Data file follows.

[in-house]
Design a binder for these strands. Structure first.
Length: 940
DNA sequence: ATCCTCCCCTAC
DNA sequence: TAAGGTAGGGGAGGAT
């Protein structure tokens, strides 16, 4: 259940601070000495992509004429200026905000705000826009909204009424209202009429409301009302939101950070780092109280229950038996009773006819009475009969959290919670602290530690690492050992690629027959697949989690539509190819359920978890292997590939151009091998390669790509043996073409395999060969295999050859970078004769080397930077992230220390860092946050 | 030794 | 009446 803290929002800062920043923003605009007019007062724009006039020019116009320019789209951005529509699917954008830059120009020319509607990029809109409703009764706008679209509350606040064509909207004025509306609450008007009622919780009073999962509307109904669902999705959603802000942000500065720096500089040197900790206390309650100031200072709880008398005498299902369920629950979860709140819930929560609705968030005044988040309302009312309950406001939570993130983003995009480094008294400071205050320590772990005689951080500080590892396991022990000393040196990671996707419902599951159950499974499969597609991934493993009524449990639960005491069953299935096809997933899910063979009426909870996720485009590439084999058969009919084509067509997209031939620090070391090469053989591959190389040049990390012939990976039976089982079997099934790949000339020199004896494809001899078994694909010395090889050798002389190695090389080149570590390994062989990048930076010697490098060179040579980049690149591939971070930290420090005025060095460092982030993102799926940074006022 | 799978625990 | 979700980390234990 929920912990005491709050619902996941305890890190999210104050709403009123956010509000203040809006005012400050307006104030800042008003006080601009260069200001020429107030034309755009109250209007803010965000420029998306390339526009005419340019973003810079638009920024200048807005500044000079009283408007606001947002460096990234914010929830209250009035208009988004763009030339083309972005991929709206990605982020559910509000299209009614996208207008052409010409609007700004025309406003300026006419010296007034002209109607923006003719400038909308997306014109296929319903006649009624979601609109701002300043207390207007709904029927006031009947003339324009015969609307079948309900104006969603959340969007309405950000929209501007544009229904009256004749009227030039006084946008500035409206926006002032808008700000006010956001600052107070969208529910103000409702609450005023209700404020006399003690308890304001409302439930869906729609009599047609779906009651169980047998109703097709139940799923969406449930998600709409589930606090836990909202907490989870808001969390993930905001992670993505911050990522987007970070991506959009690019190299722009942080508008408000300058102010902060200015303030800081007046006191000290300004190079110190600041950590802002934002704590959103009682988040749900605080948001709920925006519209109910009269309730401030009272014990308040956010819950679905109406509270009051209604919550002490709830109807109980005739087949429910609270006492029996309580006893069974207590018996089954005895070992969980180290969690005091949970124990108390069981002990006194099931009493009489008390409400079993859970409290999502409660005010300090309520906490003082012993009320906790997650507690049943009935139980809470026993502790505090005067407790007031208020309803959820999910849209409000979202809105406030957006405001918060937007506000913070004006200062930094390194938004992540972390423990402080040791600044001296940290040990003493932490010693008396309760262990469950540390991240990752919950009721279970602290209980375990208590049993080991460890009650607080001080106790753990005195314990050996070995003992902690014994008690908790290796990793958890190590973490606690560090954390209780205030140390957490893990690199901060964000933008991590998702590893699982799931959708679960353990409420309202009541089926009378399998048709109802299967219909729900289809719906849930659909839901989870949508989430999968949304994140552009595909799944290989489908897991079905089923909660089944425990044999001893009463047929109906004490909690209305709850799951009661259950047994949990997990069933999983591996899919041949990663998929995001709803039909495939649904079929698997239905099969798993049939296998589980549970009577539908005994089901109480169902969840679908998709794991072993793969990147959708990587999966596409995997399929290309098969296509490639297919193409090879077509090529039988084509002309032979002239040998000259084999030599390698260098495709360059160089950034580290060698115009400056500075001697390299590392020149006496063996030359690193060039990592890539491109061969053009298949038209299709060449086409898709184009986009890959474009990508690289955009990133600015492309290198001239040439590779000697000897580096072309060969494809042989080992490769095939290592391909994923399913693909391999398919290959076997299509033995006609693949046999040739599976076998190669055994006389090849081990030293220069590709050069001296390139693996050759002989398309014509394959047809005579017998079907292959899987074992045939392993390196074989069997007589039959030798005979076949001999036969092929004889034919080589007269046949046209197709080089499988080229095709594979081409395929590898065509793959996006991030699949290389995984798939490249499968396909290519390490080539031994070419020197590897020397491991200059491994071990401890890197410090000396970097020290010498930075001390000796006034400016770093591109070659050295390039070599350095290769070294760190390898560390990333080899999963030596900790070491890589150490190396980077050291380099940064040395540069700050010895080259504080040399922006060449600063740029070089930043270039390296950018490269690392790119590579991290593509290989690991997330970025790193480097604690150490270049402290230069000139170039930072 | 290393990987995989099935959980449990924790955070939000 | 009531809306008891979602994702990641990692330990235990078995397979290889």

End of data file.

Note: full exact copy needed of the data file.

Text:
[in-house]
Design a binder for these strands. Structure first.
Length: 940
DNA sequence: ATCCTCCCCTAC
DNA sequence: TAAGGTAGGGGAGGAT
């Protein structure tokens, strides 16, 4: 259940601070000495992509004429200026905000705000826009909204009424209202009429409301009302939101950070780092109280229950038996009773006819009475009969959290919670602290530690690492050992690629027959697949989690539509190819359920978890292997590939151009091998390669790509043996073409395999060969295999050859970078004769080397930077992230220390860092946050 | 030794 | 009446 803290929002800062920043923003605009007019007062724009006039020019116009320019789209951005529509699917954008830059120009020319509607990029809109409703009764706008679209509350606040064509909207004025509306609450008007009622919780009073999962509307109904669902999705959603802000942000500065720096500089040197900790206390309650100031200072709880008398005498299902369920629950979860709140819930929560609705968030005044988040309302009312309950406001939570993130983003995009480094008294400071205050320590772990005689951080500080590892396991022990000393040196990671996707419902599951159950499974499969597609991934493993009524449990639960005491069953299935096809997933899910063979009426909870996720485009590439084999058969009919084509067509997209031939620090070391090469053989591959190389040049990390012939990976039976089982079997099934790949000339020199004896494809001899078994694909010395090889050798002389190695090389080149570590390994062989990048930076010697490098060179040579980049690149591939971070930290420090005025060095460092982030993102799926940074006022 | 799978625990 | 979700980390234990 929920912990005491709050619902996941305890890190999210104050709403009123956010509000203040809006005012400050307006104030800042008003006080601009260069200001020429107030034309755009109250209007803010965000420029998306390339526009005419340019973003810079638009920024200048807005500044000079009283408007606001947002460096990234914010929830209250009035208009988004763009030339083309972005991929709206990605982020559910509000299209009614996208207008052409010409609007700004025309406003300026006419010296007034002209109607923006003719400038909308997306014109296929319903006649009624979601609109701002300043207390207007709904029927006031009947003339324009015969609307079948309900104006969603959340969007309405950000929209501007544009229904009256004749009227030039006084946008500035409206926006002032808008700000006010956001600052107070969208529910103000409702609450005023209700404020006399003690308890304001409302439930869906729609009599047609779906009651169980047998109703097709139940799923969406449930998600709409589930606090836990909202907490989870808001969390993930905001992670993505911050990522987007970070991506959009690019190299722009942080508008408000300058102010902060200015303030800081007046006191000290300004190079110190600041950590802002934002704590959103009682988040749900605080948001709920925006519209109910009269309730401030009272014990308040956010819950679905109406509270009051209604919550002490709830109807109980005739087949429910609270006492029996309580006893069974207590018996089954005895070992969980180290969690005091949970124990108390069981002990006194099931009493009489008390409400079993859970409290999502409660005010300090309520906490003082012993009320906790997650507690049943009935139980809470026993502790505090005067407790007031208020309803959820999910849209409000979202809105406030957006405001918060937007506000913070004006200062930094390194938004992540972390423990402080040791600044001296940290040990003493932490010693008396309760262990469950540390991240990752919950009721279970602290209980375990208590049993080991460890009650607080001080106790753990005195314990050996070995003992902690014994008690908790290796990793958890190590973490606690560090954390209780205030140390957490893990690199901060964000933008991590998702590893699982799931959708679960353990409420309202009541089926009378399998048709109802299967219909729900289809719906849930659909839901989870949508989430999968949304994140552009595909799944290989489908897991079905089923909660089944425990044999001893009463047929109906004490909690209305709850799951009661259950047994949990997990069933999983591996899919041949990663998929995001709803039909495939649904079929698997239905099969798993049939296998589980549970009577539908005994089901109480169902969840679908998709794991072993793969990147959708990587999966596409995997399929290309098969296509490639297919193409090879077509090529039988084509002309032979002239040998000259084999030599390698260098495709360059160089950034580290060698115009400056500075001697390299590392020149006496063996030359690193060039990592890539491109061969053009298949038209299709060449086409898709184009986009890959474009990508690289955009990133600015492309290198001239040439590779000697000897580096072309060969494809042989080992490769095939290592391909994923399913693909391999398919290959076997299509033995006609693949046999040739599976076998190669055994006389090849081990030293220069590709050069001296390139693996050759002989398309014509394959047809005579017998079907292959899987074992045939392993390196074989069997007589039959030798005979076949001999036969092929004889034919080589007269046949046209197709080089499988080229095709594979081409395929590898065509793959996006991030699949290389995984798939490249499968396909290519390490080539031994070419020197590897020397491991200059491994071990401890890197410090000396970097020290010498930075001390000796006034400016770093591109070659050295390039070599350095290769070294760190390898560390990333080899999963030596900790070491890589150490190396980077050291380099940064040395540069700050010895080259504080040399922006060449600063740029070089930043270039390296950018490269690392790119590579991290593509290989690991997330970025790193480097604690150490270049402290230069000139170039930072 | 290393990987995989099935959980449990924790955070939000 | 009531809306008891979602994702990641990692330990235990078995397979290889």